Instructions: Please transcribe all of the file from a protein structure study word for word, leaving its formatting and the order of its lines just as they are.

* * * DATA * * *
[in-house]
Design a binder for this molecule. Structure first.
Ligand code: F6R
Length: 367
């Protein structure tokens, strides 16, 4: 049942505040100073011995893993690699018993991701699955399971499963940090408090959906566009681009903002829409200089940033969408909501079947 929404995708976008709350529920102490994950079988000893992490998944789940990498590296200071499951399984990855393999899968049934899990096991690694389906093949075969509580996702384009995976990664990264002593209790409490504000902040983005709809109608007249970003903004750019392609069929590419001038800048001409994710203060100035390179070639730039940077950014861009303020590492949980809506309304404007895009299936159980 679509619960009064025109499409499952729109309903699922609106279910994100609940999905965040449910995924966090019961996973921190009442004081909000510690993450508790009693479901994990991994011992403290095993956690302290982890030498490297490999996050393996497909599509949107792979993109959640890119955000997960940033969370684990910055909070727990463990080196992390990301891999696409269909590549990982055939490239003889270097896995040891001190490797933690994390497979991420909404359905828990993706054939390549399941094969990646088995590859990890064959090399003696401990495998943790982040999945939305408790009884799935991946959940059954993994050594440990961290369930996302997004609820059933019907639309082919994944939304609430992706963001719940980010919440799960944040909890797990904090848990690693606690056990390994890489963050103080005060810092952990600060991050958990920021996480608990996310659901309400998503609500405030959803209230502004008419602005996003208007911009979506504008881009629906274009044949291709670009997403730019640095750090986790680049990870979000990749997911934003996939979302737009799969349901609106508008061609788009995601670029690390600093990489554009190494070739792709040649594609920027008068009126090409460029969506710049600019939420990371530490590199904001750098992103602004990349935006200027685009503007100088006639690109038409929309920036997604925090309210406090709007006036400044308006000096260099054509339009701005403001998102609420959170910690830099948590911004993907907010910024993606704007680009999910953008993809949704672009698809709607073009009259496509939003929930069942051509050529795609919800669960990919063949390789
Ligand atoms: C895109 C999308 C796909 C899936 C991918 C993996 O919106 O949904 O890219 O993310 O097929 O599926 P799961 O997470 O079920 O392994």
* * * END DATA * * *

[in-house]
Design a binder for this molecule. Structure first.
Ligand code: F6R
Length: 367
């Protein structure tokens, strides 16, 4: 049942505040100073011995893993690699018993991701699955399971499963940090408090959906566009681009903002829409200089940033969408909501079947 929404995708976008709350529920102490994950079988000893992490998944789940990498590296200071499951399984990855393999899968049934899990096991690694389906093949075969509580996702384009995976990664990264002593209790409490504000902040983005709809109608007249970003903004750019392609069929590419001038800048001409994710203060100035390179070639730039940077950014861009303020590492949980809506309304404007895009299936159980 679509619960009064025109499409499952729109309903699922609106279910994100609940999905965040449910995924966090019961996973921190009442004081909000510690993450508790009693479901994990991994011992403290095993956690302290982890030498490297490999996050393996497909599509949107792979993109959640890119955000997960940033969370684990910055909070727990463990080196992390990301891999696409269909590549990982055939490239003889270097896995040891001190490797933690994390497979991420909404359905828990993706054939390549399941094969990646088995590859990890064959090399003696401990495998943790982040999945939305408790009884799935991946959940059954993994050594440990961290369930996302997004609820059933019907639309082919994944939304609430992706963001719940980010919440799960944040909890797990904090848990690693606690056990390994890489963050103080005060810092952990600060991050958990920021996480608990996310659901309400998503609500405030959803209230502004008419602005996003208007911009979506504008881009629906274009044949291709670009997403730019640095750090986790680049990870979000990749997911934003996939979302737009799969349901609106508008061609788009995601670029690390600093990489554009190494070739792709040649594609920027008068009126090409460029969506710049600019939420990371530490590199904001750098992103602004990349935006200027685009503007100088006639690109038409929309920036997604925090309210406090709007006036400044308006000096260099054509339009701005403001998102609420959170910690830099948590911004993907907010910024993606704007680009999910953008993809949704672009698809709607073009009259496509939003929930069942051509050529795609919800669960990919063949390789
Ligand atoms: C895109 C999308 C796909 C899936 C991918 C993996 O919106 O949904 O890219 O993310 O097929 O599926 P799961 O997470 O079920 O392994």